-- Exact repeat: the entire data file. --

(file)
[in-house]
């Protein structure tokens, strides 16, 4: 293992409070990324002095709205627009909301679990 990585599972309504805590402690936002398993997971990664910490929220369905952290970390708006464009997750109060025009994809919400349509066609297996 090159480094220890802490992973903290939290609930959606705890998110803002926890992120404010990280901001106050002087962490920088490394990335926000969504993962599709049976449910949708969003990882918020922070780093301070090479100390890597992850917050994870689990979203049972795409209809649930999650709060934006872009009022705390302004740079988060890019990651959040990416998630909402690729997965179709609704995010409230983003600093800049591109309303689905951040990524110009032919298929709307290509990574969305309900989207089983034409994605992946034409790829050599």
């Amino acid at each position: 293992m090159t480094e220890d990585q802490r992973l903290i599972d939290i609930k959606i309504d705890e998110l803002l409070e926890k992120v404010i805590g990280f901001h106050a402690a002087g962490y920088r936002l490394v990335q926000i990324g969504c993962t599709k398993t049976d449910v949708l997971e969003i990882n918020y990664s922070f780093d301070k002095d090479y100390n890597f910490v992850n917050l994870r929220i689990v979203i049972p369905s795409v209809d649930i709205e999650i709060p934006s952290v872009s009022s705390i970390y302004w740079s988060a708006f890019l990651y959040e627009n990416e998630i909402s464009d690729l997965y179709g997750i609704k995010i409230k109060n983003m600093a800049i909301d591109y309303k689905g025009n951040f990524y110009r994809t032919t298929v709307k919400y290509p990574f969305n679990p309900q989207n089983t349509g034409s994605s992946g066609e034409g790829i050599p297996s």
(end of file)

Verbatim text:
[in-house]
């Protein structure tokens, strides 16, 4: 293992409070990324002095709205627009909301679990 990585599972309504805590402690936002398993997971990664910490929220369905952290970390708006464009997750109060025009994809919400349509066609297996 090159480094220890802490992973903290939290609930959606705890998110803002926890992120404010990280901001106050002087962490920088490394990335926000969504993962599709049976449910949708969003990882918020922070780093301070090479100390890597992850917050994870689990979203049972795409209809649930999650709060934006872009009022705390302004740079988060890019990651959040990416998630909402690729997965179709609704995010409230983003600093800049591109309303689905951040990524110009032919298929709307290509990574969305309900989207089983034409994605992946034409790829050599």
């Amino acid at each position: 293992m090159t480094e220890d990585q802490r992973l903290i599972d939290i609930k959606i309504d705890e998110l803002l409070e926890k992120v404010i805590g990280f901001h106050a402690a002087g962490y920088r936002l490394v990335q926000i990324g969504c993962t599709k398993t049976d449910v949708l997971e969003i990882n918020y990664s922070f780093d301070k002095d090479y100390n890597f910490v992850n917050l994870r929220i689990v979203i049972p369905s795409v209809d649930i709205e999650i709060p934006s952290v872009s009022s705390i970390y302004w740079s988060a708006f890019l990651y959040e627009n990416e998630i909402s464009d690729l997965y179709g997750i609704k995010i409230k109060n983003m600093a800049i909301d591109y309303k689905g025009n951040f990524y110009r994809t032919t298929v709307k919400y290509p990574f969305n679990p309900q989207n089983t349509g034409s994605s992946g066609e034409g790829i050599p297996s």